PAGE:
Daily Archives: January 14, 2011

Questions Christians Hope No One Will Ask, part 6

Former Christian turned atheist DaGoodS (DGS) has compiled a list of eleven questions that he doesn’t think Christians can answer. I’ve decided to take him on, since I’m a sucker for questions that Christians supposedly can’t answer. Hopefully, DGS and I can learn something from each other.

Question #6, the most foolishly misguided question, is:

If God lied, how would you know?

For some reason, atheists treat faith as a foul word that rivals the f-bomb for words that shouldn’t be used in civil conversation. This is because they are seriously misguided as to what it means.

Here are some skeptical examples representative of how they typically define the concept of faith:

  • Voltaire: “Faith consists in believing when it is beyond the power of reason to believe.”
  • Nietzsche: “Faith: not wanting to know what is true.”
  • Henry Ward Beecher: “Faith is spiritualized imagination.”
  • George Seaton: “Faith is believing in things when common sense tells you not to.”
  • Even Ben Franklin had issues with faith! He said, “To Follow by faith alone is to follow blindly;” and “The way to see by Faith is to shut the Eye of Reason.”
  • Mason Cooley deserves the last word here: “Ultimately, blind faith is the only kind.”

These quotes show us that the atheist believes faith is belief without evidence, or despite all the evidence. That’s not true! D. Elton Trueblood has the real definition of faith: “Faith is not belief without proof, but trust without reservation.” J.P. Holding develops the idea of faith as trust in this must-read article.

Once you realize that faith isn’t a blind step in the dark, taken for no rhyme or reason, then you can understand that the answer to this question is a matter of faith. Faith is trust placed in one who deserves that trust.

As Christians, we have faith in God, and we have faith in the Bible since the Bible is an accurate revelation of God’s character and mission. Indeed, they are one-in-the-same revelation. The Scriptures affirm that God cannot (will not?) lie (Num 23:19; Tts 1:2; Heb 6:18; 1 Jn 1:5).

Having faith in God means having faith that the inspiration of the Scriptures is accurate, and what is in the Scriptures is an accurate representation of the character of God. The Scriptures are clear that God doesn’t lie.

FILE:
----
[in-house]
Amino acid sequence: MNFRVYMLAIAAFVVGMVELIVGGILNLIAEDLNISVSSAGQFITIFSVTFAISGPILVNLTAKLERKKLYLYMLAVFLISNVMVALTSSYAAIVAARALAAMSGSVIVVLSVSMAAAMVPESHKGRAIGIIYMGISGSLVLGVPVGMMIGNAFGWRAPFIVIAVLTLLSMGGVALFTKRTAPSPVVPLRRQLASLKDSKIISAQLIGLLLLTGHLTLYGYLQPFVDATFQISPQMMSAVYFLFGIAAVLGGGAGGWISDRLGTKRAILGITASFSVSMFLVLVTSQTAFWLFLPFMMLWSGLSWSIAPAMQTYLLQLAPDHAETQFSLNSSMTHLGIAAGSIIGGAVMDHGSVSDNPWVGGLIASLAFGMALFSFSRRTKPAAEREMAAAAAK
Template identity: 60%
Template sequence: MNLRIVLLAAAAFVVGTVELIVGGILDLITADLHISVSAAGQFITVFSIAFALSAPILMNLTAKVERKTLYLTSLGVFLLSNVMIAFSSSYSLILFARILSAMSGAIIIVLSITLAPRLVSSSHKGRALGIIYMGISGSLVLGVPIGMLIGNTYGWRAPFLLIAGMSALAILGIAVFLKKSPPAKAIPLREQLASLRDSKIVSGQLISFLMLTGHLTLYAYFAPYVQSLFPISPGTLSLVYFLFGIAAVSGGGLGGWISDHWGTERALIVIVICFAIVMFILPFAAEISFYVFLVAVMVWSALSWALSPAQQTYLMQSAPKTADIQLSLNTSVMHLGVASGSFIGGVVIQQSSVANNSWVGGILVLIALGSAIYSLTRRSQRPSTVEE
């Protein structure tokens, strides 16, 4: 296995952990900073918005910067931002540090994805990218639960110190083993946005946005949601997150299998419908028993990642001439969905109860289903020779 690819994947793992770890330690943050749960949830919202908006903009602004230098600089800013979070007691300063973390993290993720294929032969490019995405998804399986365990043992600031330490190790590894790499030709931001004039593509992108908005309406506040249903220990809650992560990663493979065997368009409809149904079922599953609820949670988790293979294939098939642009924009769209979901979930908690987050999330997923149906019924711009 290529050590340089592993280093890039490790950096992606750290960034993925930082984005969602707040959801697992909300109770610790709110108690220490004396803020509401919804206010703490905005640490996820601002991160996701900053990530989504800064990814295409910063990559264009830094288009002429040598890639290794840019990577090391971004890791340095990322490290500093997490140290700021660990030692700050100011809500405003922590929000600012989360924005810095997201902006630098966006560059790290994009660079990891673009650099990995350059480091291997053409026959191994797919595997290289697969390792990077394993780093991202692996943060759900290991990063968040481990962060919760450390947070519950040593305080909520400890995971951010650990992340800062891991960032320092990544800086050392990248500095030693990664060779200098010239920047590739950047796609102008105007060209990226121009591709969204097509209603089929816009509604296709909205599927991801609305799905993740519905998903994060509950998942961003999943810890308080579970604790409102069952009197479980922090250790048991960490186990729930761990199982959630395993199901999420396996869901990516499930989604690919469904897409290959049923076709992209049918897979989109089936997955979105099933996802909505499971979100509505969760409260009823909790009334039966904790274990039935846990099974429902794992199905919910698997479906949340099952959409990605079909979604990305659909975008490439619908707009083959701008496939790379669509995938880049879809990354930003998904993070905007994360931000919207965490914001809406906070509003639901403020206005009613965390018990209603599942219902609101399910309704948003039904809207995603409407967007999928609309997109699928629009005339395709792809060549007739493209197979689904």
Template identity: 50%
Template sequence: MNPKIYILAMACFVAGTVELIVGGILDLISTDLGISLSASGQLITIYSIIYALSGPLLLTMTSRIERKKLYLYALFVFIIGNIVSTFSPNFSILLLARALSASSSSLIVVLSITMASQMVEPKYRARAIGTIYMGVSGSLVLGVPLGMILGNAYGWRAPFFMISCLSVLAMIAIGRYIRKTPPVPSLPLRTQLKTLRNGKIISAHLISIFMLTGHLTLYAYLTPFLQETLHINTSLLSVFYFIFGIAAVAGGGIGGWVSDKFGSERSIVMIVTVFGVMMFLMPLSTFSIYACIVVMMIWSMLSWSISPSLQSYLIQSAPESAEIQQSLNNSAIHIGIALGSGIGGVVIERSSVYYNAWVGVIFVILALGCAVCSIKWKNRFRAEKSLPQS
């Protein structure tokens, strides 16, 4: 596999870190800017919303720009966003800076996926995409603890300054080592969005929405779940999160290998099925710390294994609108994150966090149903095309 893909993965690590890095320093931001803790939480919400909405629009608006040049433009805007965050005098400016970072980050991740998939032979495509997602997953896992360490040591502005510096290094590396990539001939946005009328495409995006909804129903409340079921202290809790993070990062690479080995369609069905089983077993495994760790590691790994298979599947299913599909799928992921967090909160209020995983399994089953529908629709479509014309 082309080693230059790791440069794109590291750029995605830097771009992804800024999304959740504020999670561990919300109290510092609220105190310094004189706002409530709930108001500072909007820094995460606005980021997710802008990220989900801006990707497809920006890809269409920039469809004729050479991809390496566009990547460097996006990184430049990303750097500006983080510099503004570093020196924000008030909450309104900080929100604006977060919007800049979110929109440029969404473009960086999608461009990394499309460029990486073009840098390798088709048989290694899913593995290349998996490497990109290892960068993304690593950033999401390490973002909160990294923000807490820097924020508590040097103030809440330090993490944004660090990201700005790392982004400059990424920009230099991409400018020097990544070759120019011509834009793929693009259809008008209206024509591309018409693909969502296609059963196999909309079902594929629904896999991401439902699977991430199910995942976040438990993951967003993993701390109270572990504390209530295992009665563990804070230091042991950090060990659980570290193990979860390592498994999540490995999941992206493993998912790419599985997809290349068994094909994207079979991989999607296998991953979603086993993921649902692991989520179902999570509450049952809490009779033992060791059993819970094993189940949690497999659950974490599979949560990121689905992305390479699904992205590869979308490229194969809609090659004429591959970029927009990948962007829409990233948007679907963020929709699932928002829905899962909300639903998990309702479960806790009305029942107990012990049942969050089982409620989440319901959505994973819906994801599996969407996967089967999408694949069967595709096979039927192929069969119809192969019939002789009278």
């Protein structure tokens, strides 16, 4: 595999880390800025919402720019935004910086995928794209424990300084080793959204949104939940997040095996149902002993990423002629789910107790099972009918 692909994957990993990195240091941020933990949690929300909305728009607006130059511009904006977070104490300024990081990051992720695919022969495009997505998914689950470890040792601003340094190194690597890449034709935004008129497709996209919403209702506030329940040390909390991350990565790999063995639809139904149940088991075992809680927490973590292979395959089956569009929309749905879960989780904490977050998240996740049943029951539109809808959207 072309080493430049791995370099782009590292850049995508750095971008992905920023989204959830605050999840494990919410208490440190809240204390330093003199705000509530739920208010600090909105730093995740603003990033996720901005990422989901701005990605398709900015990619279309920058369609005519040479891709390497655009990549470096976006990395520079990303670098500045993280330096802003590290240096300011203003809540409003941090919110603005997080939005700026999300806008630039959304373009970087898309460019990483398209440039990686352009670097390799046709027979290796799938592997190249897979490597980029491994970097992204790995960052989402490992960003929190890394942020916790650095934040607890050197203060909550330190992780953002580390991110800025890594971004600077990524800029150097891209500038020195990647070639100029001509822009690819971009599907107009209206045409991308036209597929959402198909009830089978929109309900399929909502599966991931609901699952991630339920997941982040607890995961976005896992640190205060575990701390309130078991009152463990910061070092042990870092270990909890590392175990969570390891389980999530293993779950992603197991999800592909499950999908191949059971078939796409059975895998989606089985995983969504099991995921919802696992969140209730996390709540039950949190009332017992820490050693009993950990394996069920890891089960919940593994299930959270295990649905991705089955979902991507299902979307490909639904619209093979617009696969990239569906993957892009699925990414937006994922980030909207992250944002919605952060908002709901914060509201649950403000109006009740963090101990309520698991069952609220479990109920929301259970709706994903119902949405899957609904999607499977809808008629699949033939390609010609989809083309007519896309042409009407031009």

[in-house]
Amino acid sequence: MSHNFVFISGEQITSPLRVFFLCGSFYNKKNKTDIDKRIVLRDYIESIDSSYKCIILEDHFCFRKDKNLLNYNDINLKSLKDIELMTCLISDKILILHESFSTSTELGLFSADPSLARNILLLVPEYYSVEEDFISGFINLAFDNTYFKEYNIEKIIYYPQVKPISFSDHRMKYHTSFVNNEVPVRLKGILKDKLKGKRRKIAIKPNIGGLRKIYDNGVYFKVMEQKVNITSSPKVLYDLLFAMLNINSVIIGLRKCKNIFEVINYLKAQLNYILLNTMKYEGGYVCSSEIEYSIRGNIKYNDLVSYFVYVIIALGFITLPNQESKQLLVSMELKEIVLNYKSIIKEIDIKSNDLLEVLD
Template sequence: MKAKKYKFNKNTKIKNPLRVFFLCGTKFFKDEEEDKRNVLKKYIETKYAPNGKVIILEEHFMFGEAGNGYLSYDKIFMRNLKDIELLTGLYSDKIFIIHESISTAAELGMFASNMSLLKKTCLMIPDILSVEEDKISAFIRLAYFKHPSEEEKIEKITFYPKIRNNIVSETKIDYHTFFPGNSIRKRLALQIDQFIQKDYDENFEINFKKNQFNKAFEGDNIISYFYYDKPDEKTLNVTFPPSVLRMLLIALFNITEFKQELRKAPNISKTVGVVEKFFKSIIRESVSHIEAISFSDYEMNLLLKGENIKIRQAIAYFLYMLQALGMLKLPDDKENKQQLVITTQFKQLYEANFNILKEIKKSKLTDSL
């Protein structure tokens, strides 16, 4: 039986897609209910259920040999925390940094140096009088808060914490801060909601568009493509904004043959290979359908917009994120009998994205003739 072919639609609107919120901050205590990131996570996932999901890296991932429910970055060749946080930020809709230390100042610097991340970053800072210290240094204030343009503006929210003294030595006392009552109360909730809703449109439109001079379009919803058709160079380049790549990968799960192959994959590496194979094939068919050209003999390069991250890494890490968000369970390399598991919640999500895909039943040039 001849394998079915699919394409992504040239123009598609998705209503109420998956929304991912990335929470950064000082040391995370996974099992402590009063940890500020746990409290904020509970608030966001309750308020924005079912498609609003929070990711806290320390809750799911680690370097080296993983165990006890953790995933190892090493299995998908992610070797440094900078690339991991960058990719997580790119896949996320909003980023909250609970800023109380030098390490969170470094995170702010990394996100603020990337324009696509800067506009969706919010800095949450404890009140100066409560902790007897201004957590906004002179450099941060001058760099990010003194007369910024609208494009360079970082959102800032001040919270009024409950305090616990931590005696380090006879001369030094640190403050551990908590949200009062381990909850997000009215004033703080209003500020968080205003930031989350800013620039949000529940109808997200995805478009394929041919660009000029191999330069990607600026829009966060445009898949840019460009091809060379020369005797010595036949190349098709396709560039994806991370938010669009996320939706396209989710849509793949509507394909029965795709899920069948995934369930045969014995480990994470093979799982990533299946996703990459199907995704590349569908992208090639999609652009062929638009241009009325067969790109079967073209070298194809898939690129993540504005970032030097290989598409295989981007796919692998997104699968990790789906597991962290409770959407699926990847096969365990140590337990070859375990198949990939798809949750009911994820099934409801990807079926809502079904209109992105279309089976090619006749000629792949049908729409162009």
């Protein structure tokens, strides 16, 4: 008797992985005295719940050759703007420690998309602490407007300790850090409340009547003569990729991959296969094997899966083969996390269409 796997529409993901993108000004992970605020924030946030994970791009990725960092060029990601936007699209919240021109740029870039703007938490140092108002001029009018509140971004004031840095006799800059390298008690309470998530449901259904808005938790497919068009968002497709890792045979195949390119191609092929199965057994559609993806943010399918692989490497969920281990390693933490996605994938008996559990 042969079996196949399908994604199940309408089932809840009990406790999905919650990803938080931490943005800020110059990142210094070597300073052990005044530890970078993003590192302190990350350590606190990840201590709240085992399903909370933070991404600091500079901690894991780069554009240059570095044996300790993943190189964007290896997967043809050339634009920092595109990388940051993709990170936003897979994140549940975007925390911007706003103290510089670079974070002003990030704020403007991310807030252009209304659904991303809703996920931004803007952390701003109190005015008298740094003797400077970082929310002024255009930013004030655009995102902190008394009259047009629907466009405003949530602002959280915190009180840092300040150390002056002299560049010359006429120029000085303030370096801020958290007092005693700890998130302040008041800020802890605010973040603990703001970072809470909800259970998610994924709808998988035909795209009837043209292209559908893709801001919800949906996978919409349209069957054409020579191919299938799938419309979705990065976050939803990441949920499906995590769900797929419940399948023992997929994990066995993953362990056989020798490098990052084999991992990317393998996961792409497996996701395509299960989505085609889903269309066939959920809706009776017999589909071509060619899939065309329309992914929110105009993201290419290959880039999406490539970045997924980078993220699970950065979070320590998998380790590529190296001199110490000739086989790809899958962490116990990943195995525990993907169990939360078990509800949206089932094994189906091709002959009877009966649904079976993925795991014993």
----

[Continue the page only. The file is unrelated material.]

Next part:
What this means is that there’s no need to consider how to know if God has lied or not. He’s not going to. It’s a moot point.

Questions Christians Hope No One Will Ask, part 5

Former Christian turned atheist DaGoodS (DGS) has compiled a list of eleven questions that he doesn’t think Christians can answer. I’ve decided to take him on, since I’m a sucker for questions that Christians supposedly can’t answer. Hopefully, DGS and I can learn something from each other.

Question #5:

What century did the Exodus occur?

Trying to chip away at the historicity of the biblical accounts here.

No one knows, actually. Few scholars actually completely discount the possibility of the Exodus; in other words, most believe that it probably happened but we’re unsure of the exact date. James Cameron and Simcha Jacobovici, who previously tried to trash Christianity with the Jesus Tomb documentary, came out with Exodus Decoded, wherein they lay out a case for a historical Exodus.

Like the Jesus Tomb fiasco, this documentary is laden with evidence that supports their conclusion. Rather than explored or refuted, contradictory evidence is swept under the rug. They wish to make only their case, and try the case in the court of public opinion where an impressive TV special is all it will take to convince most people that you’ve got something.

So, here’s the rub: if the archeologists don’t know, then I’m happy saying that I don’t know, either. When more evidence comes to light, I’ll be happy to conclude something then.